Editor’s note …
There is certainly no dearth of literature on Philippine History. Quite a lot has been written on the different eras of Philippine History by some Filipinos and Americans writers like Otley Beyer, Zaide, Agoncillo, de Morga, Constantino, Casal, Jocano, Ileto – just to cite a few names who have written colorful contribution to Philippine History dating from pre-historic times, the pre-Spanish Era, the Spanish-era, the Commonwealth era under the United States, and the different republican regimes since the Independence Day of July 4, 1946.
Not many historical contributions, fiction or non-fiction, may have been written, however that delineates on the central Philippine Islands – Bohol, Cebu, Leyte, Masbate, Negros, Panay, Samar, and hundreds of small islands that comprise the Visayan Islands – in such intriguing detail as what Larry Carlson did in his latest book called The Visayans. The imagery that he depicts gives the reader the early culture during pre-history times which survives on the flora and fauna of both land and seas.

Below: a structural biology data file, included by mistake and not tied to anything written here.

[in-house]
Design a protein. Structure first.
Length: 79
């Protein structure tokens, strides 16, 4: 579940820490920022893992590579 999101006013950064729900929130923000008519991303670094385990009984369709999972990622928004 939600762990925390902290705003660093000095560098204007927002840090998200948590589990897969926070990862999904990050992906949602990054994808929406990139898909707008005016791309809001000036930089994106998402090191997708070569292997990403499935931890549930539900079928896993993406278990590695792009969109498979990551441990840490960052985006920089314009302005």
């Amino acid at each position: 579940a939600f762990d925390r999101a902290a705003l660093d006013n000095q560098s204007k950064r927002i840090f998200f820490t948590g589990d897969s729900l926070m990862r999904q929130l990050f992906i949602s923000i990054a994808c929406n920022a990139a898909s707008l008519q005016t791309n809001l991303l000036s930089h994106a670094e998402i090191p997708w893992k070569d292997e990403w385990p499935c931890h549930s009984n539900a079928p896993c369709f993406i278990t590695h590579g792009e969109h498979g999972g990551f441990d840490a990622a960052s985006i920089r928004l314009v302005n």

Larry was born in Cebu. He is a free-lance writer who calls Cebu City his home after he grew up in the City and got married to a town mate Cebuana. He is the second son born to former American Missionaries Ray and Imogene Carlson who, when World War II broke out in 1942, were imprisoned at the Japanese Concentration Camp in Manila when Larry was just a baby.
He is a US Navy Medical Corps Vietnam War Veteran who decided to retire in Cebu City to devote his life helping at the Cebu Christian Mission, the mission field started by his parents, and to his love of reading and writing fictional history.
Ignacio L. Alava